Fairness for all victims: Addressing the gap in the rights of victims of crime within the Canadian military justice system
The Office of the Federal Ombudsman for Victims of Crime
The Office of the Federal Ombudsman for Victims of Crime (OFOVC) is an independent resource for victims in Canada. It was created in 2007 to ensure that the federal government meets its responsibilities to victims of crime.
Our mandate relates exclusively to matters of federal jurisdiction and enables us to:
- promote access by victims to existing federal programs and services for victims;
- address complaints of victims about compliance with the provisions of the Corrections and Conditional Release Act that apply to victims of crimes committed by offenders under federal jurisdiction;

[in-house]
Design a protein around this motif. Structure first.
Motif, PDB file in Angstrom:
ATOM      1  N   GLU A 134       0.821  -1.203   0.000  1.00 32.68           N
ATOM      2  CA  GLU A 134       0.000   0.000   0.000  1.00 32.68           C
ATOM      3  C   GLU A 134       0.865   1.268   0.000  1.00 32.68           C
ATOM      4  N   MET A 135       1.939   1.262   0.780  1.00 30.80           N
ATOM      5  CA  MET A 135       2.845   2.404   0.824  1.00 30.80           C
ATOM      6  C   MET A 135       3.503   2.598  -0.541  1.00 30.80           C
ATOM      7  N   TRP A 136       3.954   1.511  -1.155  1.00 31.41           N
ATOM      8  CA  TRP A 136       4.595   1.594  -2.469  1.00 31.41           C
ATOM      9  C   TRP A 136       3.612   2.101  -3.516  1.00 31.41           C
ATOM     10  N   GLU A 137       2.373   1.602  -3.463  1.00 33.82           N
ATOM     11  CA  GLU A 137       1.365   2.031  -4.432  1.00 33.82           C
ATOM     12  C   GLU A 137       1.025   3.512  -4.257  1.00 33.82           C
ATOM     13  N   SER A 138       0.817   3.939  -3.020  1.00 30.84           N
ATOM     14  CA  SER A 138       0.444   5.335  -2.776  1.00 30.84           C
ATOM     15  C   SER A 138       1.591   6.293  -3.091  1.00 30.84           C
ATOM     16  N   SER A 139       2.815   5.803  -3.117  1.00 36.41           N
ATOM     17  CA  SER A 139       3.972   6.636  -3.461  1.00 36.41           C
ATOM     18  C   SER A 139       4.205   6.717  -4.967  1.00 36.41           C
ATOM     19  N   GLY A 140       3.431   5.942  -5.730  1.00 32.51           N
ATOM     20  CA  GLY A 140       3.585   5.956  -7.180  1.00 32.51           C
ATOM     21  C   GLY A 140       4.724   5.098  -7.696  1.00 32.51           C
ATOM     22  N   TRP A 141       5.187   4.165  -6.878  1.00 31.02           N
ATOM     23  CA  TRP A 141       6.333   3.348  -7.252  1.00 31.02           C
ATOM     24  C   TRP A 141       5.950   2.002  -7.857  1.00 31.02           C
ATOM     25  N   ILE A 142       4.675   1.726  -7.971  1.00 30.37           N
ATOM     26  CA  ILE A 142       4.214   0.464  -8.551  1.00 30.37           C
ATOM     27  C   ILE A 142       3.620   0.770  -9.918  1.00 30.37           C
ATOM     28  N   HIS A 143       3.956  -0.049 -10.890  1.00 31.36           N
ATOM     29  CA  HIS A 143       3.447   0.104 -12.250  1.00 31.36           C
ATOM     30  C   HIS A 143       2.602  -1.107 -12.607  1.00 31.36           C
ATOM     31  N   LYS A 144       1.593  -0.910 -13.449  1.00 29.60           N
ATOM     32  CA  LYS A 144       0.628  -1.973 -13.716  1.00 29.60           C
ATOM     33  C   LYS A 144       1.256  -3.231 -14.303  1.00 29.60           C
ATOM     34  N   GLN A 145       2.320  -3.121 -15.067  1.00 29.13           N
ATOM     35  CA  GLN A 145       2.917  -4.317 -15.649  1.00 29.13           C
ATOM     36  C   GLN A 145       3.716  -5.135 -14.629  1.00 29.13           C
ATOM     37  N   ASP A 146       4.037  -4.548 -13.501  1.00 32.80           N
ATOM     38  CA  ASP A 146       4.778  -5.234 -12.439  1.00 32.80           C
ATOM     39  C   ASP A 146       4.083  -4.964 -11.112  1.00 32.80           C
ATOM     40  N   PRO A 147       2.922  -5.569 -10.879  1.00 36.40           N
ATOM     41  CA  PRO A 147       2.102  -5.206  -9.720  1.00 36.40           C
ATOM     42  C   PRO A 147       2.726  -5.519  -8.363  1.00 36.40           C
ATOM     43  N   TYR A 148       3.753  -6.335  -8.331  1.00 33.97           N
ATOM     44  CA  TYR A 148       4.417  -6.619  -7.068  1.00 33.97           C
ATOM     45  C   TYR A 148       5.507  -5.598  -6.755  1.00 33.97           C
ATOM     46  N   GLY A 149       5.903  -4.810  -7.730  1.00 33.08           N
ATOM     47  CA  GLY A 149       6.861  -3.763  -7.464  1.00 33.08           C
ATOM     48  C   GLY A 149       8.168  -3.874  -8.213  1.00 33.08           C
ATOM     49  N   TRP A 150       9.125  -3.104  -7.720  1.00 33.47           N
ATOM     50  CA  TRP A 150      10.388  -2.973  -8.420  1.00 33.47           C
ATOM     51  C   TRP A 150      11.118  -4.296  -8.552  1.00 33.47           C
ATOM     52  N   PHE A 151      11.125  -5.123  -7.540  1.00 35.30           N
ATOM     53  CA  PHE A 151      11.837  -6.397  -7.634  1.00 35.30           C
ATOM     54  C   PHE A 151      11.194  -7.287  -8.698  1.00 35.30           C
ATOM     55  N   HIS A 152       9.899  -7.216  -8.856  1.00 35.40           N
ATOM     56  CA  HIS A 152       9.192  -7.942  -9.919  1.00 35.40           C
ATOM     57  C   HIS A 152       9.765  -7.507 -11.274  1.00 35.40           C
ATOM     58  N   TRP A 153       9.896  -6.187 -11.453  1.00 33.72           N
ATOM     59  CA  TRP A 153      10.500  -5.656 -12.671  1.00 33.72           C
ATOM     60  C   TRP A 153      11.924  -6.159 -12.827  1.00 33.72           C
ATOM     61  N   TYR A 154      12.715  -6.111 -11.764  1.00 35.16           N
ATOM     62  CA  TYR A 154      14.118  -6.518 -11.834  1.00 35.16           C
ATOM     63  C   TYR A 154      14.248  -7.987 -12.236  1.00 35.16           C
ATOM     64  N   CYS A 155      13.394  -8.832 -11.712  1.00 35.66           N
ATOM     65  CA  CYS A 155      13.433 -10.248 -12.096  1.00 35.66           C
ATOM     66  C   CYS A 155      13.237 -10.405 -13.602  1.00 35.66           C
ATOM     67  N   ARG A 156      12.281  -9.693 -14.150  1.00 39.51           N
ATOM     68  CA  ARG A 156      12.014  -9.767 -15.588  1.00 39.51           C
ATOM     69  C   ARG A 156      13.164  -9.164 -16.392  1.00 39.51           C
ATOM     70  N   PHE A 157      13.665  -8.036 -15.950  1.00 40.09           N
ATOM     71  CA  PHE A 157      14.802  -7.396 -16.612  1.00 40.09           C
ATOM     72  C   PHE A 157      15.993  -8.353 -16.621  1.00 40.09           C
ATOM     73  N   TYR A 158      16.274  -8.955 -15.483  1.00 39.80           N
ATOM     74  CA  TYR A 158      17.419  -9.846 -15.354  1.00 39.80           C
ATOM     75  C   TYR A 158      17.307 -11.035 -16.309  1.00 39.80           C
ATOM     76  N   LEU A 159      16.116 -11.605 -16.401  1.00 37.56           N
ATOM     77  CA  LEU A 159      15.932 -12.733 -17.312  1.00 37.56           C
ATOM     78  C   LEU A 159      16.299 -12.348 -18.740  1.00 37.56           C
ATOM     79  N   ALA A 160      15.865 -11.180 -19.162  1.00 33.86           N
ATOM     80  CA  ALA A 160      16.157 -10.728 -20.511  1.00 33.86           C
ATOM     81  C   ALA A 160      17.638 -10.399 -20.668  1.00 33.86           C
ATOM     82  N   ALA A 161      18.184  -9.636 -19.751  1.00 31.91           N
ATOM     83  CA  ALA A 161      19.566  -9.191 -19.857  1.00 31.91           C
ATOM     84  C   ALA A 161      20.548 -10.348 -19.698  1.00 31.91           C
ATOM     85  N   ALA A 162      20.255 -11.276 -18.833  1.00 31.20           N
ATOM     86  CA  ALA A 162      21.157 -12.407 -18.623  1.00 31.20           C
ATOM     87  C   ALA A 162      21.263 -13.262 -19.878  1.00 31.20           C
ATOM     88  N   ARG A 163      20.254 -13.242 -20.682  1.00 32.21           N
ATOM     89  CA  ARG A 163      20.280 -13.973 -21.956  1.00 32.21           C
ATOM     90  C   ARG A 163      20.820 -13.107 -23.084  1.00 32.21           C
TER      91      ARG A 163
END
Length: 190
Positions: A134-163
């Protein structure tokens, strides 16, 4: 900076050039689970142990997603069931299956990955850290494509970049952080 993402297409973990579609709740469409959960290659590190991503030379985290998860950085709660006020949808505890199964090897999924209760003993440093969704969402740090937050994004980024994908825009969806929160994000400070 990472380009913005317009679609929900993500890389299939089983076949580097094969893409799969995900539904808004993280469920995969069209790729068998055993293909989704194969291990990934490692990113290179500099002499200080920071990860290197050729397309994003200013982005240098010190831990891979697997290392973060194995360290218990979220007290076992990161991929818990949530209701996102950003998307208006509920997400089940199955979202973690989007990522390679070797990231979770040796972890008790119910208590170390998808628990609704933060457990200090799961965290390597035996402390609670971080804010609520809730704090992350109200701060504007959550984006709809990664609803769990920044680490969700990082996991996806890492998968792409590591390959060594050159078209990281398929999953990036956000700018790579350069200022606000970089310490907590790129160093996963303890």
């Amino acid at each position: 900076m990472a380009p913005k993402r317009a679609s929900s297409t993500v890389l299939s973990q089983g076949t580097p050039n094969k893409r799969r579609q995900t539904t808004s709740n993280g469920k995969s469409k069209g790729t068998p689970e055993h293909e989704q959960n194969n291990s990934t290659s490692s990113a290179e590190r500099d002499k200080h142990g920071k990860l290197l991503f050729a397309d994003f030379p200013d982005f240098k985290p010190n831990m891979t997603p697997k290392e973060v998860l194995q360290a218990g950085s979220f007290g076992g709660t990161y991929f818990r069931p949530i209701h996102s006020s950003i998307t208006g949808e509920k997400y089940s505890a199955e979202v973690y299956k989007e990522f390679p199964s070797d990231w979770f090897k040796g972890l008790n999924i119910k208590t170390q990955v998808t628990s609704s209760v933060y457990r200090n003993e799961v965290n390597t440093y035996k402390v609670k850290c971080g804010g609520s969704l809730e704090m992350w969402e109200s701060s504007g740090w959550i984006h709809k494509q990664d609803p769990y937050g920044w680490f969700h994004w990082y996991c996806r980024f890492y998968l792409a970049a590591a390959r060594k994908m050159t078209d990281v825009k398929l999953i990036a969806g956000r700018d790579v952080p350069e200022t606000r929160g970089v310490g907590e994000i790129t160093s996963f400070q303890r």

- promote awareness of the needs and concerns of victims and the applicable laws that benefit victims of crime, including to promote the principles set out in the Canadian Statement of Basic Principles of Justice for Victims of Crime with respect to matters of federal jurisdiction, among criminal justice personnel and policy makers;
- identify and review emerging and systemic issues, including those issues related to programs and services provided or administered by the Department of Justice Canada or the Department of Public Safety and Emergency Preparedness Canada, that impact negatively on victims of crime; and
- facilitate access by victims to existing federal programs and services by providing them with information and referrals.